Species Neoconocephalus ensiger - Sword-bearing Conehead
Orthoptera of North-Eastern AmericaBy W. S. Blatchley
The Nature Publishing Company, 1920
Old is not always bad. While it is seriously outdated (1920), most thorough and comprehensive single treatment of eastern US Orthoptera (and related insects) published is 'Orthoptera of North-eastern America' by W. S. Blatchley. Some subsets of the insects included in this book have been more recently treated in more depth, but not all together in one place.
The title is a bit misleading, because included are nearly all species then known to be found east of the Mississippi. Also, the definition of Orthoptera has changed over the years, and this book includes things such as Earwigs (Dermaptera), Roaches & Mantids (Dictyoptera), and Walkingsticks (Phasmatodea). It is well worth a search through libraries and used book shops if you are really interested in these insects. It does not have much in the way of illustrations (mostly drawings to aid in identification where necessary), but it is very interesting to read, with lots of discussion and detail. Each species is discussed at length and includes descriptions of the insect, habitat, life history when known, history, etc.
Songs of Crickets and Katydids of the Mid-Atlantic StatesBy Steve Rannels, Wil Hershberger and Joseph Dillon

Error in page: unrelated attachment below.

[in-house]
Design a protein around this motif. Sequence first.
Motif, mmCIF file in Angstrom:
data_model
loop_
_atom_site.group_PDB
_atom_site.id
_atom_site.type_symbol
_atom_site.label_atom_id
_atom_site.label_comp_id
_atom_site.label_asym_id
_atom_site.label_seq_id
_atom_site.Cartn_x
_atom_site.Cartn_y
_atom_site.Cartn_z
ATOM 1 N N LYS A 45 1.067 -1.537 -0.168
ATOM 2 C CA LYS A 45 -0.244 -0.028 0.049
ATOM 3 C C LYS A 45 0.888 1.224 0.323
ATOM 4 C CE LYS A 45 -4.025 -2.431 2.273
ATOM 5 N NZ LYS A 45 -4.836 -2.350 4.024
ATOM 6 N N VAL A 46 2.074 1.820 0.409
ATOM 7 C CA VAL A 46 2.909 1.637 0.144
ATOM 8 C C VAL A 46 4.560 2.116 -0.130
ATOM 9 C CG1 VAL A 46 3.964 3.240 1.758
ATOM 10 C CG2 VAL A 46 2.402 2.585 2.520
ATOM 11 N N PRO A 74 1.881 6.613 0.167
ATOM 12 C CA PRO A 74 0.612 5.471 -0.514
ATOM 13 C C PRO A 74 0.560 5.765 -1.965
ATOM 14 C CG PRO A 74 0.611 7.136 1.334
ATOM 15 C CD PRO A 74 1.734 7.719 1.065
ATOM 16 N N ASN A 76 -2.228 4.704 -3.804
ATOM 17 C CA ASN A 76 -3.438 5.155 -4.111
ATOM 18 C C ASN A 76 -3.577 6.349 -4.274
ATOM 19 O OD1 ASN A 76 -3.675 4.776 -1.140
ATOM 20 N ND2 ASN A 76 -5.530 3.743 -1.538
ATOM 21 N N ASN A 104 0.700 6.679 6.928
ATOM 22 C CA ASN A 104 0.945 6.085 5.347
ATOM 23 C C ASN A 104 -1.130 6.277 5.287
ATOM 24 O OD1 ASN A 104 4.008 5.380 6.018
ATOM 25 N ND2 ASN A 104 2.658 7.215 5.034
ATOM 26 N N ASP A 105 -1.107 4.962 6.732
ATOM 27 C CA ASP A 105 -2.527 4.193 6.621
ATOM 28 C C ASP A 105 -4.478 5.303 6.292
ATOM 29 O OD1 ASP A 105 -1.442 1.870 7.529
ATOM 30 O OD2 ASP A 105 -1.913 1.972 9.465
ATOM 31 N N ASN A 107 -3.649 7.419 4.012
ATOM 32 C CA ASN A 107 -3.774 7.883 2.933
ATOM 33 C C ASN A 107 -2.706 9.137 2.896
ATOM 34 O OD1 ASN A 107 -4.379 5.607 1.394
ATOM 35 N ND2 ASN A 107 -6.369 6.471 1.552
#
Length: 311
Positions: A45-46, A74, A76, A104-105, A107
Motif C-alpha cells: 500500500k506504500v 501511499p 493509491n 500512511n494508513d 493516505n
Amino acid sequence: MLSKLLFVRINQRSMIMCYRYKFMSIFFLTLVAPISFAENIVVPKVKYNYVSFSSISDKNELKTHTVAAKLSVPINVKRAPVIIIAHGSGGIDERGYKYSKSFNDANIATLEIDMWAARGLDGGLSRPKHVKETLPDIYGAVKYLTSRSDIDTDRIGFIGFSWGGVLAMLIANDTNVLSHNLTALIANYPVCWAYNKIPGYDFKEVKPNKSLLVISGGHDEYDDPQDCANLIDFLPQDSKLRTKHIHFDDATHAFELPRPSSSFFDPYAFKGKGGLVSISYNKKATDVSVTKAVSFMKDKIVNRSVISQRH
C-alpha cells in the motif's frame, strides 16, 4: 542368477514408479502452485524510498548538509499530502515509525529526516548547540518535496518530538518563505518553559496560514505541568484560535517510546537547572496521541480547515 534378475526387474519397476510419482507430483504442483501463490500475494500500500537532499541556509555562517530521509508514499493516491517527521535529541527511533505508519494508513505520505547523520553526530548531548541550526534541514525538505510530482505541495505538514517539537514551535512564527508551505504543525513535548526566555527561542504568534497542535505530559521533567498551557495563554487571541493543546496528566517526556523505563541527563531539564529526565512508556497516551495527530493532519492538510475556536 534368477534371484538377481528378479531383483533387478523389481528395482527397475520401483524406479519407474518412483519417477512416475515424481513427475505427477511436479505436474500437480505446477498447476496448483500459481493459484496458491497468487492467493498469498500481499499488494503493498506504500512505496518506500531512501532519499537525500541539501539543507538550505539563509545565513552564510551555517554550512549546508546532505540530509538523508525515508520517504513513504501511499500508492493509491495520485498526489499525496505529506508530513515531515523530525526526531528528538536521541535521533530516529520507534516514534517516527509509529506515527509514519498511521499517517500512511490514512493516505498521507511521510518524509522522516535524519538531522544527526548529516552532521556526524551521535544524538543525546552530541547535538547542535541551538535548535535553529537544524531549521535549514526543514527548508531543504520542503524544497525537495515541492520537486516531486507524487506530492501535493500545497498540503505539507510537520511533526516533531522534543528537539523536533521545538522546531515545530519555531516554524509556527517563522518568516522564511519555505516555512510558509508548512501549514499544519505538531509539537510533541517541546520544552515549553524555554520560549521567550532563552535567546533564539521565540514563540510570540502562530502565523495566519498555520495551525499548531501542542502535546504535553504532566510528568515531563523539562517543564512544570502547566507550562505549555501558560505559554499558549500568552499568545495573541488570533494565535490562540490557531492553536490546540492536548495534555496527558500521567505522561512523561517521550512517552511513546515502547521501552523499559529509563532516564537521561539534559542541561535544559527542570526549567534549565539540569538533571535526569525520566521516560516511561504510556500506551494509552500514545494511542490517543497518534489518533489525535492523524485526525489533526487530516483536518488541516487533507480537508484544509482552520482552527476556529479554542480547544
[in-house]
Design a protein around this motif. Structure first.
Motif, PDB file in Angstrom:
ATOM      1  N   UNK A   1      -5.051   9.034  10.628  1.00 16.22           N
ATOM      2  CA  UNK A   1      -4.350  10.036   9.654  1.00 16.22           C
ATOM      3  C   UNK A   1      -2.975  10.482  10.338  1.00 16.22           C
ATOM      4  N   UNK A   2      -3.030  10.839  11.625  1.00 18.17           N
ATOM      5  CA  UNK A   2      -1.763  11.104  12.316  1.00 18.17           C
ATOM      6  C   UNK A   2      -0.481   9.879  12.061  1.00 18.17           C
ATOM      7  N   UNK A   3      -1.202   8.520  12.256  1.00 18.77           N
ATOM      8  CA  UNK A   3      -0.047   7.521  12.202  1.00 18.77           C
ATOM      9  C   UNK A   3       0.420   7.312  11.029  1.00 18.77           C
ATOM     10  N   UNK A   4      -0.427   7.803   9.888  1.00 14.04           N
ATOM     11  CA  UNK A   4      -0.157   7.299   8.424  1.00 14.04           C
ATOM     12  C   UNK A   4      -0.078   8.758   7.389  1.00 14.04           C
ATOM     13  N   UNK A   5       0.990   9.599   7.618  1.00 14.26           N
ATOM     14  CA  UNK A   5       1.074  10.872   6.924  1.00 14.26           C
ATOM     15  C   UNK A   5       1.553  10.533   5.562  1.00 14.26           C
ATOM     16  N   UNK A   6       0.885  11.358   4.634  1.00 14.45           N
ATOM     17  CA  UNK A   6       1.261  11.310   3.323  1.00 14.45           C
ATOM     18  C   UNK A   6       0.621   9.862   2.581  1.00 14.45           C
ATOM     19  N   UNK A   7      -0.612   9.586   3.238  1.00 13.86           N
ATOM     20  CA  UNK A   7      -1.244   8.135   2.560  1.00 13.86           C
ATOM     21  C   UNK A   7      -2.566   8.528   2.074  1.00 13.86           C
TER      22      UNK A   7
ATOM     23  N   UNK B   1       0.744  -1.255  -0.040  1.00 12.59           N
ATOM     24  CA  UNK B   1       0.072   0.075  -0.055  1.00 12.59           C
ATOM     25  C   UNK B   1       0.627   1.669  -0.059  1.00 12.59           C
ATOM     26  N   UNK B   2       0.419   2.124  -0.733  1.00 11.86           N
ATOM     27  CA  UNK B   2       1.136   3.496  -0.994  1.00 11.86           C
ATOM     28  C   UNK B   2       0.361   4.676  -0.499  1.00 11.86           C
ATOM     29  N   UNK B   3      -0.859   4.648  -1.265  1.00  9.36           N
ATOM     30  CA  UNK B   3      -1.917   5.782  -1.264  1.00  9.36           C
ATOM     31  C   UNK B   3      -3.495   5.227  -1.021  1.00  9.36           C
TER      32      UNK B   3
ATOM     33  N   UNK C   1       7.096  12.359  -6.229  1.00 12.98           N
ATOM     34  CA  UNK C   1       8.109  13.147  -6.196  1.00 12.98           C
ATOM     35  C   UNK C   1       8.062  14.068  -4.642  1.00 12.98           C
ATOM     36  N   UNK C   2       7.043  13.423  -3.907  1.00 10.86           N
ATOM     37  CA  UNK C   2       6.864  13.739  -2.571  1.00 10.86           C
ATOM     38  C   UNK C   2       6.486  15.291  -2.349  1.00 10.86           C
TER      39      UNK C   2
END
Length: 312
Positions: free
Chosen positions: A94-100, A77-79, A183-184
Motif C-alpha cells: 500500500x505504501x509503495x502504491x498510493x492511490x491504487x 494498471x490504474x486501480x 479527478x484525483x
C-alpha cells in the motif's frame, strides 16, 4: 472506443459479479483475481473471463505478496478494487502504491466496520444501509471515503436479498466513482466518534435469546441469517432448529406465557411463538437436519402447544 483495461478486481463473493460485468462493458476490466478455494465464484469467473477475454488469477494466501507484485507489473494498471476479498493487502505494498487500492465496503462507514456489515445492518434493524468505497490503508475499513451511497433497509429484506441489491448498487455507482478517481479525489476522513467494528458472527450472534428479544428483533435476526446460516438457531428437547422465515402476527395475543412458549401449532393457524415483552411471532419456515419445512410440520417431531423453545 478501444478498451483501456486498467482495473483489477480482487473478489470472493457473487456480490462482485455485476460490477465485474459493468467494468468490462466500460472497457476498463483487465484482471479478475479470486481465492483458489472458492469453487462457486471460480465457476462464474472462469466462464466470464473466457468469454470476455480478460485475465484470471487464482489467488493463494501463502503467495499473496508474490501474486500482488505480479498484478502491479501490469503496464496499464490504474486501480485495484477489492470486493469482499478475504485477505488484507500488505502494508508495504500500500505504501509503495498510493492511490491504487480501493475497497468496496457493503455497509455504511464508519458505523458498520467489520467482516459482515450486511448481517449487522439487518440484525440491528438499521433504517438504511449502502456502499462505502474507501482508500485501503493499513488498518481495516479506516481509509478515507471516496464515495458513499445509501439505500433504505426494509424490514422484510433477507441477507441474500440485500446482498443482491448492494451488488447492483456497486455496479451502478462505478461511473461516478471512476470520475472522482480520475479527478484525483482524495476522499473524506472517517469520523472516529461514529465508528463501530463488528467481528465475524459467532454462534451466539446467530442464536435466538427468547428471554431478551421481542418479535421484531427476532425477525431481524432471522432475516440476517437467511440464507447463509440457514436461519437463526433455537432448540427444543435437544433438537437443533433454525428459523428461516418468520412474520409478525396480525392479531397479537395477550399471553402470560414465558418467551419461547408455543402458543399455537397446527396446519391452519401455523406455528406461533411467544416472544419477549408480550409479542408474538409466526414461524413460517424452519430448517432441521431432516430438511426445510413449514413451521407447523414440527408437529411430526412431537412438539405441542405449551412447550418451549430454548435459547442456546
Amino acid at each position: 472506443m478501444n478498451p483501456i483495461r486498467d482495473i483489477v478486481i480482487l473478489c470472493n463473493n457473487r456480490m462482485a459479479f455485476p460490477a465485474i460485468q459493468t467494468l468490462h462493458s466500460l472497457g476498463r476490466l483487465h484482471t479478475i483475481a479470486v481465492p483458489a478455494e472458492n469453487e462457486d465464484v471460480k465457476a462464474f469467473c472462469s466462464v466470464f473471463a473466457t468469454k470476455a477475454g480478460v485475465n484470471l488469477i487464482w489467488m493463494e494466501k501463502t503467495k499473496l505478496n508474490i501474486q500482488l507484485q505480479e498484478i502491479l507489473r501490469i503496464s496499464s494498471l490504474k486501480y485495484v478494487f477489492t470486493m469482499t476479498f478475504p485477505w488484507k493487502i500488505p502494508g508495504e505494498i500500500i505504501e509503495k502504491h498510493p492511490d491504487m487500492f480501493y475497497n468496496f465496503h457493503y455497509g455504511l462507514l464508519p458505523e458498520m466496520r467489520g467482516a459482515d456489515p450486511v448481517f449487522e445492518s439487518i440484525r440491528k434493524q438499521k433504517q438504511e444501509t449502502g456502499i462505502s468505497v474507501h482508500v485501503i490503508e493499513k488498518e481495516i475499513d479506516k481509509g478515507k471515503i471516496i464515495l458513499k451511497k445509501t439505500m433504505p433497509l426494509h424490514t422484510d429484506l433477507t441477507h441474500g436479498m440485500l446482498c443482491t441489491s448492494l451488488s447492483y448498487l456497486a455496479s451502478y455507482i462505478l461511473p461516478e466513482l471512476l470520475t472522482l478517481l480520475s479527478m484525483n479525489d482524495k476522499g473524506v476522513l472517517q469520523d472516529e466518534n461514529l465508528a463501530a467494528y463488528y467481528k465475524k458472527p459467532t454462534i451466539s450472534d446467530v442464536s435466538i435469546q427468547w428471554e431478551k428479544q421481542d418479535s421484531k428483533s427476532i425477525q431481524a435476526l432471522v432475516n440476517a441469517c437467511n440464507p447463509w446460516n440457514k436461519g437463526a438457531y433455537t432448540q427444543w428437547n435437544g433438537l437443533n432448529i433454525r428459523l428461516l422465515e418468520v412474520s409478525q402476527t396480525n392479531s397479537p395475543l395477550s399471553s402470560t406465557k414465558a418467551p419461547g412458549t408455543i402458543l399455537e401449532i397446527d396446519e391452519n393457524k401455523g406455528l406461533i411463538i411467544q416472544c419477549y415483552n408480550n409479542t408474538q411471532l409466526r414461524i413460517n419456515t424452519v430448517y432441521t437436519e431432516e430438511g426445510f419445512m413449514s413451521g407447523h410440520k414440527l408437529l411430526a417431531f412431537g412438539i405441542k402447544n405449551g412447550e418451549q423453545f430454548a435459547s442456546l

Mentioned by Eric Eaton in a post--I have not heard this CD. It is available from the Cornell Lab of Ornithology (www.sapsuckerwoods.com
). Can be ordered from the authors at http://cricketsong.tripod.com/
(link updated 10/7/2010).
Update: I have this CD, and the quality is very good. It overlaps, somewhat, Elliott and Hershberger, The Songs of Insects (1)
, an excellent book that includes a CD of 75 species of orthoptera, plus some cicadas.
Orthoptera of MichiganBy Roger Bland
Michigan State University Extension, 2003
Spiral bound, 220 pages. Has 100 or more color photos, mostly of specimens, illustrated keys, life history information. Gives seasonal information for Michigan. Has extensive references and a glossary. Looks very useful for anyone in the eastern or central United States. Luckily, many southern species just reach Michigan, so they are included. Includes all orthopterans, not just grasshoppers--a real plus. My only wish is that the photos were a bit larger.
Available directly from the Michigan State University Exttension service at this page
Field Guide To Grasshoppers, Katydids, And Crickets Of The United StatesBy John L. Capinera, Ralph D. Scott, Thomas J. Walker
Cornell University Press, 2004
Finally got a copy--the hardback. It is just stunning. Key features:
* color illustrations of 206 species
* anatomic diagrams and explanations
* range maps
* discussions of identification (including similar species) and ecology
* pictorial key that looks very useful, and accessible to the amateur.
Minor quibbles: There are plenty of illustrations, 206 in color, but there could always be more. (Hey, but then it would be really pricey!) I wish the plates had references to page numbers in the text, but that would make them cluttered and less pretty. (They are lovely as is.) It would be great if there was an accompanying CD with songs, but they do refer to the Singing Insects of North America web site. Perhaps a CD will be published in the future.